Pater familias

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PATER FAMILIAS, civil law. One who was sui juris and consequently was not either under parental power, nor under that of a master; a child in his cradle, therefore, could have been pater familias, if he had neither a master nor a father. Lec. Elem. Sec. 127, 128.

A Law Dictionary, Adapted to the Constitution and Laws of the United States. By John Bouvier. Published 1856.
References in periodicals archive ?
Pater familias Lyman Beecher, an evangelical reformer in the Calvinist tradition, transmitted his restless energy to ten offspring who survived to adulthood.
In spite of his strong feelings for the plight of poor children, his undeniable generosity, both spiritual and financial, he was very much the Victorian pater familias, with the poor as his dependents.
New Orleans is the pater familias of three cuisine forces: restaurants, fusion and the embrace of local food culture.
The Pirates took the lead when the Pittsburgh pater familias, Willie Stargell, launched a two-run homer in the sixth inning.
Can we imagine that he is a champion of classical dance, in addition to being a perfect parent, a model husband, and a fine pater familias? We can, but with difficulty.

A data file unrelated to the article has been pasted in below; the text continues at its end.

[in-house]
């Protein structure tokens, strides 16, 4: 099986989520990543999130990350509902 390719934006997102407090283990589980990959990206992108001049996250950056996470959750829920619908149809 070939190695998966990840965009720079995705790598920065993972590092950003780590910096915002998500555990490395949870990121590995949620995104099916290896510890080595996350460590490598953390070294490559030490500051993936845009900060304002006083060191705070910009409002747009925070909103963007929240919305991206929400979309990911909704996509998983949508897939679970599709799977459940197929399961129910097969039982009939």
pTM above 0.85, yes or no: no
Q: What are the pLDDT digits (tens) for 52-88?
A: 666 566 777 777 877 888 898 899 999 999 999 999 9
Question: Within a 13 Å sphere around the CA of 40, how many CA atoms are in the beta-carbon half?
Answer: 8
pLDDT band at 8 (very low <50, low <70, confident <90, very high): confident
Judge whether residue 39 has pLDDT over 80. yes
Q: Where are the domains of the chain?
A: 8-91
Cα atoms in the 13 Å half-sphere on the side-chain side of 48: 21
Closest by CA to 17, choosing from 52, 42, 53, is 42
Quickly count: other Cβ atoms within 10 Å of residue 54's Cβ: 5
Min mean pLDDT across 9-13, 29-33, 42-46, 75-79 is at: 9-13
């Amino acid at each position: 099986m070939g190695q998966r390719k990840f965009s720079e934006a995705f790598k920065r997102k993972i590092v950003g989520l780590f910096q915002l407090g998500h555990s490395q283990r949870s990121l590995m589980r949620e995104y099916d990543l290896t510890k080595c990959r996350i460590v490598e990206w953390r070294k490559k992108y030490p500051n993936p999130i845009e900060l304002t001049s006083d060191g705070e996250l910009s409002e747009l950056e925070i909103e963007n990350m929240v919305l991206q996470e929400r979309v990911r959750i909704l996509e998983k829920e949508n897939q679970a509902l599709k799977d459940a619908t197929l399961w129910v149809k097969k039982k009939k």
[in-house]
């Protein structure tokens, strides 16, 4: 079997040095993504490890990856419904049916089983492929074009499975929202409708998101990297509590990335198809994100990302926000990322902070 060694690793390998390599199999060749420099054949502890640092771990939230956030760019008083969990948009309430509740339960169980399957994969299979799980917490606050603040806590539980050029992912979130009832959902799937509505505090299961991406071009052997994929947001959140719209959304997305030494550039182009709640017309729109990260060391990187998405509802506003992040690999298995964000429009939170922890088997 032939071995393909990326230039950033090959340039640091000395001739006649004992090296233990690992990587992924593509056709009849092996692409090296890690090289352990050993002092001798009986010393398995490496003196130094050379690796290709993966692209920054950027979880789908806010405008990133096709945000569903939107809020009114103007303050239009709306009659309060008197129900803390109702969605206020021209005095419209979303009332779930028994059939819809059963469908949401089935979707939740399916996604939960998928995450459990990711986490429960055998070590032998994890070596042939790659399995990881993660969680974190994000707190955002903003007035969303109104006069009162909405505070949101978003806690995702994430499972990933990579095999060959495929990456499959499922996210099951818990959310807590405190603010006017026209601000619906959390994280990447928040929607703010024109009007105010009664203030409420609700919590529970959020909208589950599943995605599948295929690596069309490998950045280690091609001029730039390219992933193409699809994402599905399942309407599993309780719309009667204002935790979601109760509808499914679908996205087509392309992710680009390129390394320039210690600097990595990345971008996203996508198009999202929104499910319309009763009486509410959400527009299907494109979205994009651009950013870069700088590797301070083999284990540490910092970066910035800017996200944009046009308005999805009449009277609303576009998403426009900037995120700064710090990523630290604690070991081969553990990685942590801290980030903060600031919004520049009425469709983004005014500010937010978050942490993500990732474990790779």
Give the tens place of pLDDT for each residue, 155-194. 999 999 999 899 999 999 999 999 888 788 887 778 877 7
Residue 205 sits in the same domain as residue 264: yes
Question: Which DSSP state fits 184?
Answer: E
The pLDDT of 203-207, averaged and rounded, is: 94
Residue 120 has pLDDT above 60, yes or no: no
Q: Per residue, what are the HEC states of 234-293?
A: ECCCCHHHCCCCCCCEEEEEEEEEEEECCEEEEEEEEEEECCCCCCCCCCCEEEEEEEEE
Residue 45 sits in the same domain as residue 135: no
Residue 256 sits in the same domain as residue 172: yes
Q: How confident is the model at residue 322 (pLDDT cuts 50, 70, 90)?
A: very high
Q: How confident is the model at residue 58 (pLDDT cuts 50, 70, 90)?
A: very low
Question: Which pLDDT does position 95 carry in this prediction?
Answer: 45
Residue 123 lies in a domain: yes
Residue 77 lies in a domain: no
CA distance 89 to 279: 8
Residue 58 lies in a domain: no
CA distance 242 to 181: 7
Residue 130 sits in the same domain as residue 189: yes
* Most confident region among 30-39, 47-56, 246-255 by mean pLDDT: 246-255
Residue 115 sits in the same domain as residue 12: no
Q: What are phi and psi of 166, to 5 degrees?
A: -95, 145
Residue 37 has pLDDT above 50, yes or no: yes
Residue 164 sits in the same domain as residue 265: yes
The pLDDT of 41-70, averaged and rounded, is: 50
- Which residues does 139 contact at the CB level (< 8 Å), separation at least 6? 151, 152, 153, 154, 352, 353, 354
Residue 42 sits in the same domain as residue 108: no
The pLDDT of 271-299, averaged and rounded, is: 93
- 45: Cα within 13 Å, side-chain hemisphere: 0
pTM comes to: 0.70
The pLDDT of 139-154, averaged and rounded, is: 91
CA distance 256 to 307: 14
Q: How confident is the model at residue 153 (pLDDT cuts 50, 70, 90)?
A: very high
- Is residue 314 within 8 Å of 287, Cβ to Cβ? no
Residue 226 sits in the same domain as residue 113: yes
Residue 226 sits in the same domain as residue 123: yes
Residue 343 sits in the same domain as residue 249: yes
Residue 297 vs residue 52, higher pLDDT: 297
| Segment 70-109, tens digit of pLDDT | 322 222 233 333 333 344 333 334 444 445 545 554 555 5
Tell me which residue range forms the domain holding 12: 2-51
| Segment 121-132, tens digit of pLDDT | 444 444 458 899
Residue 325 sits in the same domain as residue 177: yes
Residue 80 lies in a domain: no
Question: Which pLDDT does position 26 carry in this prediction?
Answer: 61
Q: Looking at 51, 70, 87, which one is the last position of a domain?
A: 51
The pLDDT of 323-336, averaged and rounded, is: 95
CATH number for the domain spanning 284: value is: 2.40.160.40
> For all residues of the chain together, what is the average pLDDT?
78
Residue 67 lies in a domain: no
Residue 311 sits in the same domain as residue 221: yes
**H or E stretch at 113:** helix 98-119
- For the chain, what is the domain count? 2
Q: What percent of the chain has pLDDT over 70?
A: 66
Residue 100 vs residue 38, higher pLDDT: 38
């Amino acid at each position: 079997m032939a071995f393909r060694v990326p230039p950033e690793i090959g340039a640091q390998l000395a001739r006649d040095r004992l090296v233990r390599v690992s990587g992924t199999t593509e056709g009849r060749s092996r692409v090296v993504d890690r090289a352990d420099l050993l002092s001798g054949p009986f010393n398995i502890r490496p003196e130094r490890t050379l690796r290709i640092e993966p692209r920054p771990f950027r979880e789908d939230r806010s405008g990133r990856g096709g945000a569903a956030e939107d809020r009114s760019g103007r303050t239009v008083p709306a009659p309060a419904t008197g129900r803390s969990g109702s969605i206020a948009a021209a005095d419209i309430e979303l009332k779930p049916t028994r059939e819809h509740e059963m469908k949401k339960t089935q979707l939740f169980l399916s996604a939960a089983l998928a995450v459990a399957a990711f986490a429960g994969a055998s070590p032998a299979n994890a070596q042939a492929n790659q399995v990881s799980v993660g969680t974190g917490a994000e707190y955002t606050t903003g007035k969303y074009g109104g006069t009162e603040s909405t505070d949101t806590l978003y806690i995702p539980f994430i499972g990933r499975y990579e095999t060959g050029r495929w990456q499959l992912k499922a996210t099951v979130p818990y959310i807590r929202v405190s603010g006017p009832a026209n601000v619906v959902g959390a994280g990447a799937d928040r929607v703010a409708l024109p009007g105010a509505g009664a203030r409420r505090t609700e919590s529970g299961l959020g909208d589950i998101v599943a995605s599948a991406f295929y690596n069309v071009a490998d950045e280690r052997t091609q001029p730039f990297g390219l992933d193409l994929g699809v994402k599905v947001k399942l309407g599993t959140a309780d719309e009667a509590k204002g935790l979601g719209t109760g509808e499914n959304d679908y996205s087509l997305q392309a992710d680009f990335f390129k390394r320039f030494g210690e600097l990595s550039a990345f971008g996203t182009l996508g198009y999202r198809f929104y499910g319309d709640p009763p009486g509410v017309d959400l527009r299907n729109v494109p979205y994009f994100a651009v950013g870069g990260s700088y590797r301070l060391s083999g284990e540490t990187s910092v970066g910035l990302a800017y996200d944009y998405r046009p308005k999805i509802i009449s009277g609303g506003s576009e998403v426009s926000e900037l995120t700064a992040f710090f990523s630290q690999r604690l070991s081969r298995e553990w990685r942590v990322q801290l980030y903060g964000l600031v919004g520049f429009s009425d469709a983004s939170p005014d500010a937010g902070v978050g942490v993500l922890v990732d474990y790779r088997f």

As for the men, they have lost their role as pater familias, not to mention the fact that the children speak the language of their ancestors so badly, the sagacious ethnologist would add by way of conclusion.
The sometimes subtle, sometimes brutally direct control of this public/private corporal arena has been wielded by a range for dominators, from the pater familias to our sexual/emotional partners and even our children; by teachers in school; by priests, doctors and judges; by the State and its institutions; even by the communications media.
Noe Chevrier was the pater familias in the late 19th century tradition, but evidence also suggests that he supported and promoted his daughter's business acumen and literary talents.
Calculatedly homespun, cunningly low-key, Thomas was the type of reassuring pater familias whose presence on the TV screen assured Americans that there was still room in this society for folksiness and tradition, that we weren't going to hell in a hand-basket.